Turkey threatens to chase out Armenian immigrants


Turkey's prime minister has warned that he might deport up to 100,000 Armenians living in Turkey without citizenship, after resolutions were passed by US and Swedish lawmakers defining First World War-era killings of Armenians by Ottoman Turks as genocide.

"There are currently 170, 000 Armenians living in our country. Only 70, 000 of them are Turkish citizens, but we are tolerating the remaining 100, 000," said Turkish Prime Minister Recep Tayyip Erdogan on Tuesday (16 March) during an interview with the BBC Turkish service in London.

"If necessary, I may have to tell these 100, 000 to go back to their country because they are not my citizens. I don't have to keep them in my country," he added.

The majority of Armenians in Turkey live and work in Istanbul. Many came after an earthquake in their homeland in 1988 and work illegally and send remittances home.

However, according to the Armenian Migration Agency, Turkey's official figures are quite different from Erdogan's statement, Armenian website Panorama reported. "The numbers of the recent years say nothing about the figures stated by Erdogan," the head of the Armenian agency Gagik Yeganyan said. He mentioned no more than 5,000 Armenians who came to Turkey in the period 2000-2009.

Erdogan blames diaspora

Erdogan accused the Armenian diaspora of being behind resolutions in foreign parliaments, and called on Armenia and other foreign governments to avoid being swayed by their lobbying.

"Armenia has an important decision to make. It should free itself from its attachment to the diaspora," Erdogan said. "Any country which cares for Armenia, namely the US, France and Russia, should primarily help Armenia to free itself from the influence of the diaspora," he added.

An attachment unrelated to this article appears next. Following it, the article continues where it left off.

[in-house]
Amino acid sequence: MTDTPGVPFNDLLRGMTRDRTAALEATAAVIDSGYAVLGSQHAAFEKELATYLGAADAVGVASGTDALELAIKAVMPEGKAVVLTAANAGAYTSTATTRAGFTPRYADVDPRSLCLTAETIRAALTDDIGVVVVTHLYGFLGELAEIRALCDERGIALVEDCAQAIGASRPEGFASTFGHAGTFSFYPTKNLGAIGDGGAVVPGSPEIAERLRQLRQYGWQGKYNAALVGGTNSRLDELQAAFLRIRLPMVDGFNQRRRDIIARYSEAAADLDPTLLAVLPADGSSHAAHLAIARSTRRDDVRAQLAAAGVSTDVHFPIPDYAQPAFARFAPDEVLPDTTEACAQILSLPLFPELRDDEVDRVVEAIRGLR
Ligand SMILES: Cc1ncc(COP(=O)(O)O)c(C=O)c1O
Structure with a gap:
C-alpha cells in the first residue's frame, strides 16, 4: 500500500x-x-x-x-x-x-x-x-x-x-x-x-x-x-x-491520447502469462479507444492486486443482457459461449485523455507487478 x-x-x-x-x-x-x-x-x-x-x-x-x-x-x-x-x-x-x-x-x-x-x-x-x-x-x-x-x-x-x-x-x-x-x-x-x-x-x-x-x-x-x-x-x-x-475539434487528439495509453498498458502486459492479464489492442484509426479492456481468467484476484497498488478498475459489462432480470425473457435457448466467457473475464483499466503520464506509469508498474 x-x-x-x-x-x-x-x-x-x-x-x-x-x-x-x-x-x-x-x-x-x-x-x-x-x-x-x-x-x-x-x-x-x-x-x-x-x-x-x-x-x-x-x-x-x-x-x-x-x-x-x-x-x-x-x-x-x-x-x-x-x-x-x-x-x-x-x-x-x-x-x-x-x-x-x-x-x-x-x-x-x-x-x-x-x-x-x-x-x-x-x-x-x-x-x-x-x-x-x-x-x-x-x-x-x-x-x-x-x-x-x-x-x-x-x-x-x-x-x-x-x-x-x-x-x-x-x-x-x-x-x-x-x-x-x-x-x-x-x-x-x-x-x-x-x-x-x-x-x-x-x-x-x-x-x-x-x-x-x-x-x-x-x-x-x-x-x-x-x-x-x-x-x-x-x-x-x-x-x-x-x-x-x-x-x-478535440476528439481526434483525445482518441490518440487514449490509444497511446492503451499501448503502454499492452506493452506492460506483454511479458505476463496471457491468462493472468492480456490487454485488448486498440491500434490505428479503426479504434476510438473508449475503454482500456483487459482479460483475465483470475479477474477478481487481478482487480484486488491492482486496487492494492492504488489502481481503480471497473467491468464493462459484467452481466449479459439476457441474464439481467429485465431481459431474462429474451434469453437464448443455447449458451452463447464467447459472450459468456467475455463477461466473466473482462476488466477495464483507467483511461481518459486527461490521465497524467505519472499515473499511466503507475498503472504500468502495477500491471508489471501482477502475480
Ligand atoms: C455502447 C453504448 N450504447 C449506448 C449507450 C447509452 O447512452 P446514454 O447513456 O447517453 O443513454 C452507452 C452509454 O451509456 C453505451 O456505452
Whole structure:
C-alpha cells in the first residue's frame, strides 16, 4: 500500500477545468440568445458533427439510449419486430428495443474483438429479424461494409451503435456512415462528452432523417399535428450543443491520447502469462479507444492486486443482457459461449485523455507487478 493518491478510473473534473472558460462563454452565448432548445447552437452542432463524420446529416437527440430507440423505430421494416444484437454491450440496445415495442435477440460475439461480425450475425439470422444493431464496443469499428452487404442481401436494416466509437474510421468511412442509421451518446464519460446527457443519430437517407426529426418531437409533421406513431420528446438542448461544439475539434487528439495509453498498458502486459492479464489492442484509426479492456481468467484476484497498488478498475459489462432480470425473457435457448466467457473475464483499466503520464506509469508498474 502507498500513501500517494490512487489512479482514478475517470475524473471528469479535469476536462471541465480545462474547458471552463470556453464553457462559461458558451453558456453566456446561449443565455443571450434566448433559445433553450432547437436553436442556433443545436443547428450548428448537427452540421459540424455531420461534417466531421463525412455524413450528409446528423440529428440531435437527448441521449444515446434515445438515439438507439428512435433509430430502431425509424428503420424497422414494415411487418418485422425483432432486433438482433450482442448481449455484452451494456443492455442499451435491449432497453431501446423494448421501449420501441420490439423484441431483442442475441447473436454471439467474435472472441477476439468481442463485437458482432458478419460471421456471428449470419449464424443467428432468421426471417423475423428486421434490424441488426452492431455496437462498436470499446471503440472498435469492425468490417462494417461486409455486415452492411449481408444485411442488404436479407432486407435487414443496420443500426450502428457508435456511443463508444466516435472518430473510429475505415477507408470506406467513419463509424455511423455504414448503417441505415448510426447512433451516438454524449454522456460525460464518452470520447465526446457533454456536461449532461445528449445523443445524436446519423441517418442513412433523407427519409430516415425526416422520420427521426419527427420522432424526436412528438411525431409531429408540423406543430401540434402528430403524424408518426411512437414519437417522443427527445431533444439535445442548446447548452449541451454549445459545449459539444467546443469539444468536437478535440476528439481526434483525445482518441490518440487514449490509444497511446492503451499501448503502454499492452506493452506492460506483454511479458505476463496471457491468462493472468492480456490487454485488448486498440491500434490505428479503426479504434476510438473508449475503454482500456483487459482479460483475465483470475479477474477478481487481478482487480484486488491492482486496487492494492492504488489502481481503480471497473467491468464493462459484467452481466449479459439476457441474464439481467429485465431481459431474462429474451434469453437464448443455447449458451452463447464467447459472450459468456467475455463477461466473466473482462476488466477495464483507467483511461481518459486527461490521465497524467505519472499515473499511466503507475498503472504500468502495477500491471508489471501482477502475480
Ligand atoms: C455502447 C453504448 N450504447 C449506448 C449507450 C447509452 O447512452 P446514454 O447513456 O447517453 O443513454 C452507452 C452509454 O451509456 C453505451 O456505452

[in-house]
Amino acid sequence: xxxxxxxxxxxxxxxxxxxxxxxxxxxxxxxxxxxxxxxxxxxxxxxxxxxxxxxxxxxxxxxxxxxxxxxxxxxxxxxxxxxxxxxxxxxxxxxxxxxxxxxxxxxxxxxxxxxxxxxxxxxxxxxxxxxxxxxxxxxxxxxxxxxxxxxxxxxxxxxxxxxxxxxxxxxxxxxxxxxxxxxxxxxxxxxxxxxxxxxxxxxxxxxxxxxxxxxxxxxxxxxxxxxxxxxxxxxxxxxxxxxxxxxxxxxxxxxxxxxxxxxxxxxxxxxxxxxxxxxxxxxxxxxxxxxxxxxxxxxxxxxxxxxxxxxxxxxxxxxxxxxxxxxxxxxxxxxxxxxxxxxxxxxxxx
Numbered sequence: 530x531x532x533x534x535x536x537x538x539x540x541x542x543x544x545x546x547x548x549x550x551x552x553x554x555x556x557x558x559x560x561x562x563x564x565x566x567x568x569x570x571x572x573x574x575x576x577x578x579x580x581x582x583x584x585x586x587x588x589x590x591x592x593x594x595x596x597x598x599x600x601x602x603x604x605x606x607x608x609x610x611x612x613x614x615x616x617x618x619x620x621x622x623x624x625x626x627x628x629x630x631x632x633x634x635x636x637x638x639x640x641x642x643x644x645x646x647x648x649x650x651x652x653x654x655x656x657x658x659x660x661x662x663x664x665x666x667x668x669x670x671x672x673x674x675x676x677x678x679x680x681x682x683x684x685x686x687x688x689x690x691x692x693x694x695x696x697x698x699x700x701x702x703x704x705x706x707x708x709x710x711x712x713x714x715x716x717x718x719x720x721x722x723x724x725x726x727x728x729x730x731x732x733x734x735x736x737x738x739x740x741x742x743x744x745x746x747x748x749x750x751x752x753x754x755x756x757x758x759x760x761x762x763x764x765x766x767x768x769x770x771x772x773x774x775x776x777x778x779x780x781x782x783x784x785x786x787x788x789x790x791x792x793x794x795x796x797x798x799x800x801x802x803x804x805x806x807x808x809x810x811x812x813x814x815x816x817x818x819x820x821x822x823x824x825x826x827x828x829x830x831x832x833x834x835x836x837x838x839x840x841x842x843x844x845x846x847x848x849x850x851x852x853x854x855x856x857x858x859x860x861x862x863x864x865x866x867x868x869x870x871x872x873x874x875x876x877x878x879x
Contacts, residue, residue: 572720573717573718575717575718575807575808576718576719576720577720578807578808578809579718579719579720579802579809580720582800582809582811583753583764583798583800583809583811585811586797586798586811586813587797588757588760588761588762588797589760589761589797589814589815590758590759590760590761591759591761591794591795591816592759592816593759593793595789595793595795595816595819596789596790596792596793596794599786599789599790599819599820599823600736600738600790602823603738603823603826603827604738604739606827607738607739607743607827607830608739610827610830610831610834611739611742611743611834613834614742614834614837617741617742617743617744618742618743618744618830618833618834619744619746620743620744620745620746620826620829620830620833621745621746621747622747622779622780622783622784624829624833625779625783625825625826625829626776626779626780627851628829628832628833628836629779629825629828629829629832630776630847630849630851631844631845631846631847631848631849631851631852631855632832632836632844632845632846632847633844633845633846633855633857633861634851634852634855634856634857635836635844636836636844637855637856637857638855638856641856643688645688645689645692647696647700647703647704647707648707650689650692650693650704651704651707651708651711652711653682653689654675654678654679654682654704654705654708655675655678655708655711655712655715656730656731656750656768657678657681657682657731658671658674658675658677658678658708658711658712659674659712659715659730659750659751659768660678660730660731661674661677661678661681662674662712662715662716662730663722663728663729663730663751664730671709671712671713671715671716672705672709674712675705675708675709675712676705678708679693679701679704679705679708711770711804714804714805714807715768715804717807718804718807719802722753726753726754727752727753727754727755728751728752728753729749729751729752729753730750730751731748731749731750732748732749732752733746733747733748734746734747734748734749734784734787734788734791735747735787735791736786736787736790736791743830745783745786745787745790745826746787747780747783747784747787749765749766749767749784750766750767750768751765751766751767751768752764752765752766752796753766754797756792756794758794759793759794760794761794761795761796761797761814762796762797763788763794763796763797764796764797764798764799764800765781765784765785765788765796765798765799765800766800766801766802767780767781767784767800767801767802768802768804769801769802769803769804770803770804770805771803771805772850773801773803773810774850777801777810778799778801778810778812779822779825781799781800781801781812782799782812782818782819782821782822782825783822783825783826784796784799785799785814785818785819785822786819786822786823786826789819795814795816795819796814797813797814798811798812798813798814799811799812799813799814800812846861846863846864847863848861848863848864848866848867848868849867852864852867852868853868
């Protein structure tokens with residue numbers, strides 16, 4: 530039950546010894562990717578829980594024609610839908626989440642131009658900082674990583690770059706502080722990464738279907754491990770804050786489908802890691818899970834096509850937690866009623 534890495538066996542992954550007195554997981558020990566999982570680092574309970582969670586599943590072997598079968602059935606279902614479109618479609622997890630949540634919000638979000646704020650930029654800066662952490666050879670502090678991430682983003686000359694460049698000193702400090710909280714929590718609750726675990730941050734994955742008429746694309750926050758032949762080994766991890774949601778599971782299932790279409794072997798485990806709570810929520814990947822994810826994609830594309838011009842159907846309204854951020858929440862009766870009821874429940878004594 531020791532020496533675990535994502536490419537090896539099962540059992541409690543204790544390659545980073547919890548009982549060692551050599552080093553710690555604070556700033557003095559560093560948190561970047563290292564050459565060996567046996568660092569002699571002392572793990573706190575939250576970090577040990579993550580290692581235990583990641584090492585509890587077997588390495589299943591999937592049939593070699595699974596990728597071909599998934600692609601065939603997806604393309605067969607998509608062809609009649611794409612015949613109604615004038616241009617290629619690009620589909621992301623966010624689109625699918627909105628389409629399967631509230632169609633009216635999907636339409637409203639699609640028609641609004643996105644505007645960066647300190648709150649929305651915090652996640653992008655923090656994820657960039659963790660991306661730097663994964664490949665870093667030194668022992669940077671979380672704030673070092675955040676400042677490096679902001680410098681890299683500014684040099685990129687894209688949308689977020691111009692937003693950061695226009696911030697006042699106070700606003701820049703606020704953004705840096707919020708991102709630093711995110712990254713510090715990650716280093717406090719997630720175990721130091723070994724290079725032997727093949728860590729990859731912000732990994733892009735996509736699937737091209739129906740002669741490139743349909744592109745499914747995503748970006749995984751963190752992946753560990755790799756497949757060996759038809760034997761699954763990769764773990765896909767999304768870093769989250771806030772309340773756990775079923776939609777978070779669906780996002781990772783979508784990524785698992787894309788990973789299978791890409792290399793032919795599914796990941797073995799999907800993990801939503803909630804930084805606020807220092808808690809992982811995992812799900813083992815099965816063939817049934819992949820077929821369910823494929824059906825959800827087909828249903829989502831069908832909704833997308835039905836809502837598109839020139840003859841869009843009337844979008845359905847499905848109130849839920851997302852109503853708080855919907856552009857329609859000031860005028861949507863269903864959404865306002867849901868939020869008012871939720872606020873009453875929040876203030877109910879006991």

Erdogan's comments threaten to strain Turkish-Armenian ties, which are traumatised by the deportation and killing of Armenians during the chaotic end of the Ottoman Empire nearly a century ago.

According to the PanArmenian.net news website, Turkish Minister for European Affairs Egemen Bagis stressed that his country wants good neighbourly relations with Armenia. "There are an estimated 100, 000 illegal Armenian immigrants in our country, who work here providing care for the elderly and children," he said. "For me, this shows that there is no hate between our people," he added.

(EURACTIV with Reuters.)

Hundreds of thousands of Christian Armenians died during forced removals in 1915 by the Ottoman army from what is now Eastern Turkey, but Turkey denies that the move constituted genocide.

The countries attitude vis-à-vis the bloodshed in 1915 is one of the defining aspects of modern Turkish diplomacy, with any use of the term 'genocide' either within Turkey or abroad swiftly denounced by Ankara.

Turkish-Armenian journalist Hrant Dink was killed in 2007 after openly saying that the events of 1915 were genocide.

Earlier this month, Turkey withdrew its ambassadors to Washington and Stockholm after a US congressional committee and the Swedish parliament passed the non-binding resolutions (EURACTIV 12/03/10).

It also warned that the resolutions could affect progress in fragile reconciliation process between Turkey and Armenia (EURACTIV 01/09/10).

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